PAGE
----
Translation of discharge in Spanish:


transitive verb/verbo transitivo

/dɪsˈtʃɑːrdʒ; dɪsˈtʃɑːdʒ/
  • 1 1.1 (release) [prisoner] liberar, poner* en libertad; [patient] dar* de alta; [juror] dispensar; [bankrupt] rehabilitar I discharged myself from hospital me di de alta yo mismo del hospital he was discharged from the army fue dado de baja del ejército to discharge oneself from a responsibility [formal] eximirse de una responsabilidad [formal] 1.2 (dismiss) [formal] despedir*
    More example sentences
    • A group of former members of the armed forces who were discharged from the military for being gay have filed suit asking to be reinstated.
    • On 19th October 1994 he was discharged from the police on the grounds of permanent ill health.
    • The four applicants, three men and one woman, had been administratively discharged from the armed forces under this policy.
  • 2 2.1 (send out) [smoke/fumes] despedir*; [electricity] descargar*; [sewage/waste] verter* to discharge pus supurar 2.2 (unload) [cargo] descargar*; [passenger] desembarcar*
    More example sentences
    • It depicts a sloop leaving a dock after having discharged a group of passengers.
    • At the port, a cargo ship docked and discharged heavy trucks of the kind used to carry tanks or other heavy armour.
    • Since we were not going to hit the Floral Park station where we could stop at a platform, we would now need to return to Jamaica to discharge the passengers.
    2.3 (shoot) [volley/broadside] descargar*; [arrow] arrojar, lanzar*
    More example sentences
    • He had thought he was a sufficient distance away from the neighbour's boundary when he had discharged the firearm.
    • The facts were that the lady discharged her firearm against two youngsters who were totally innocent of any misdemeanour.
    • He has said he declined to report the incident at the time because he had illegally discharged a firearm in a national park.
    More example sentences
    • In the Baltic Sea, similar dumps have started to discharge mustard gas, forming a jelly on contact with water.
    • It would tackle the amount of raw sewage being discharged into local water courses and remove the need for householders to have septic tanks maintained and emptied.
    • The station was allowed to discharge sewage into the river during an emergency and was supposed to have alarms fitted to act as a warning when there had been a pump failure, but none of them worked.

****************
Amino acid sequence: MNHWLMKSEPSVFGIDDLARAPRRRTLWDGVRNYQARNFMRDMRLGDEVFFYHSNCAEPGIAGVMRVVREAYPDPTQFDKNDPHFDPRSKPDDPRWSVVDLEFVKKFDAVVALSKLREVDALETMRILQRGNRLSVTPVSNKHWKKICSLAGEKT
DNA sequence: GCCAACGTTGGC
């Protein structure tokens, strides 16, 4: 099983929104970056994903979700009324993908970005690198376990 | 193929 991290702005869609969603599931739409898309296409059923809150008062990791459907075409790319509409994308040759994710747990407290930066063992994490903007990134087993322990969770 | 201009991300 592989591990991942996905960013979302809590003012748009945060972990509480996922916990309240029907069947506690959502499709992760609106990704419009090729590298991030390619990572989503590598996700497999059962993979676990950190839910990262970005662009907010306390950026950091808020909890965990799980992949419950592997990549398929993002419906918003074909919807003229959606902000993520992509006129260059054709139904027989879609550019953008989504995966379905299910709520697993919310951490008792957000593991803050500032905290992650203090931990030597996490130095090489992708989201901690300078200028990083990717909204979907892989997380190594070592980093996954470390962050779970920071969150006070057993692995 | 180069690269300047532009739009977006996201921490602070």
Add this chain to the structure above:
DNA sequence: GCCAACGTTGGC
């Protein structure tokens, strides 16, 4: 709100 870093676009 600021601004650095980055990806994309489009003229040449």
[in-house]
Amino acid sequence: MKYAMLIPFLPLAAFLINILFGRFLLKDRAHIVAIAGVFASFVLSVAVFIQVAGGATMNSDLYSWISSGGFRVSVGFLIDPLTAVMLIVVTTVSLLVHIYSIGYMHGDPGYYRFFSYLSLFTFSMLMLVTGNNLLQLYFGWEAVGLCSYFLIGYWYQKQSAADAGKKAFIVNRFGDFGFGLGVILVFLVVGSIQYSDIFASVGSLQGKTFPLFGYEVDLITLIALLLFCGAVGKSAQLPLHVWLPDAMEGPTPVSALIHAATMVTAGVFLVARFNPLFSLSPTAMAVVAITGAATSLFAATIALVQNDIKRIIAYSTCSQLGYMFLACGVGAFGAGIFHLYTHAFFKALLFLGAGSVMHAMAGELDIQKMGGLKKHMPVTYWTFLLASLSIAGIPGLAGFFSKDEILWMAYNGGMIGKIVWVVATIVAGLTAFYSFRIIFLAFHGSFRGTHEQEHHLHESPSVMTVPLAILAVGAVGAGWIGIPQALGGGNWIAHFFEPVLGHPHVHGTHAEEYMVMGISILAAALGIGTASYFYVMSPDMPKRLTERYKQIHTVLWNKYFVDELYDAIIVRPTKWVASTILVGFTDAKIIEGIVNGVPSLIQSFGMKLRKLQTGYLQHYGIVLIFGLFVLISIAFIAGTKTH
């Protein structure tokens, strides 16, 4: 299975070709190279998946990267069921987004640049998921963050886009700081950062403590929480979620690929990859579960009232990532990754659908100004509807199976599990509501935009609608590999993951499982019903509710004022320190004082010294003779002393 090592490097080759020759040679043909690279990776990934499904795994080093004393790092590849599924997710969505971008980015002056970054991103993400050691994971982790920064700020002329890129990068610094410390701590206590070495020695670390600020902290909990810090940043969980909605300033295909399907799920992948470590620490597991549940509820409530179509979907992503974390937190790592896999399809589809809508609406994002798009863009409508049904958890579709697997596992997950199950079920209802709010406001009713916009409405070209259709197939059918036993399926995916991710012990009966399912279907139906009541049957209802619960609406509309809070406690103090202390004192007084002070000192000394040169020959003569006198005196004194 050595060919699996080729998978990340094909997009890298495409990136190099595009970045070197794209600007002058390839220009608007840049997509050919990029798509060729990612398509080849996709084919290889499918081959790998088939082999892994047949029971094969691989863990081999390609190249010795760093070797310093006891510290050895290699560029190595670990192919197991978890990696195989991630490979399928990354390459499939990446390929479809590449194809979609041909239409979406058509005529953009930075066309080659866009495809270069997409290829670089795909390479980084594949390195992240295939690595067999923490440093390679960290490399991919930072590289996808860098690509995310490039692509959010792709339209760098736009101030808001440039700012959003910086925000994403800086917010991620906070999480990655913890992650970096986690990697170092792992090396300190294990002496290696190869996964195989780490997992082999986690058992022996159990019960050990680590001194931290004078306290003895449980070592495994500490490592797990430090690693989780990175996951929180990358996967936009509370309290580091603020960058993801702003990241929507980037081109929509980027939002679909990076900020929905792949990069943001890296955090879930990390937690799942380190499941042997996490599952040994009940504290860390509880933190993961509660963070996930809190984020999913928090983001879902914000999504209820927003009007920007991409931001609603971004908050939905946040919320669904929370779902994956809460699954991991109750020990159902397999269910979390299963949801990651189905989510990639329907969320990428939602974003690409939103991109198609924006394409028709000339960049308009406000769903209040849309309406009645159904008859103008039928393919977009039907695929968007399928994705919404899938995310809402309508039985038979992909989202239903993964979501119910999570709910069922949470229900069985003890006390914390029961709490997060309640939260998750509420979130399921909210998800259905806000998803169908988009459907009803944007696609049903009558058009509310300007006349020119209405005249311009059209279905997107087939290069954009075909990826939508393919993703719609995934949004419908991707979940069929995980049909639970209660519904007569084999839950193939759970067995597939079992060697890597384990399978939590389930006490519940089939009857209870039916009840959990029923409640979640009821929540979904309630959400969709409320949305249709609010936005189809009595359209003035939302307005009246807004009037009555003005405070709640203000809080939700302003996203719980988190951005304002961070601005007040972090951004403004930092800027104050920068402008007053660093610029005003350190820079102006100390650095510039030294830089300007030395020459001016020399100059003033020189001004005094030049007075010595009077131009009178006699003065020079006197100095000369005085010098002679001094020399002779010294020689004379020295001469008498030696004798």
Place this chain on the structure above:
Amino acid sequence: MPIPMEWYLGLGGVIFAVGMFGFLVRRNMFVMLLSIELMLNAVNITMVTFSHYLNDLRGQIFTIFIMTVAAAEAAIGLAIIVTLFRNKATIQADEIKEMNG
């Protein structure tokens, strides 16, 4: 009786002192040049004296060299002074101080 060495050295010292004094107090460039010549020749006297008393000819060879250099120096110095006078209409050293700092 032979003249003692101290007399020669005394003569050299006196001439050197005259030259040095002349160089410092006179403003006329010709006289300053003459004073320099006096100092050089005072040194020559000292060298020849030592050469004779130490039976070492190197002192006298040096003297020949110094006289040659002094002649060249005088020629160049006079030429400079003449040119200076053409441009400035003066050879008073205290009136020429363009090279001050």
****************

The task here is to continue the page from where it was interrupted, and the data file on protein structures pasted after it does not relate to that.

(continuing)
• 3 3.1 [duty/obligation] cumplir con 3.2 [debt] saldar, liquidar
    More example sentences
    • The payment of a debt to one of a number of joint creditors discharges a debt owed to them jointly.
    • He died of gangrene before he could pay, but his son dutifully discharged the debt.
    • However, I only discharge the debts I lawfully incur.
    More example sentences
    • That was the only time that he was actually unable to perform or discharge the duties of the president.
    • He said he was required to discharge his duty free from interference from any other authority.
    • For success, all these people are required to discharge their duties.

intransitive verb/verbo intransitivo

/dɪsˈtʃɑːrdʒ; dɪsˈtʃɑːdʒ/
  • 1.1 [river] desembocar*, descargar* [technical/técnico] 1.2 [wound/fistula] supurar 1.3 [battery] descargarse*
    More example sentences
    • A 23 year old woman was referred by her general practitioner with multiple, unsightly lesions on her right pinna, which occasionally discharged pus.
    • He said that his ears were swollen and bleeding and discharging pus.
    • Maybe you should also disqualify those golfers who discharge phlegm from their mouths while playing.
    More example sentences
    • It is recommended that you fully charge and discharge the new battery two to four times to allow it to reach its maximum rated capacity.
    • If the concentration of such a species is high enough that it does not change much as the battery is discharged, then the voltage output remains nearly constant.
    • If it is a battery that is shorted, the battery will be discharged very quickly and will heat up due to the high current flow.


/ˈdɪstʃɑːrdʒ; ˈdɪstʃɑːdʒ/

Definition of discharge in:

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Cultural fact of the day

In Spain, pinchos are small portions of food, often on a cocktail stick, eaten in a bar or cafe. Often free, they are similar to tapas, but much smaller. There are pinchos of many foods, including Spanish omelet, ham, sausage, and anchovy.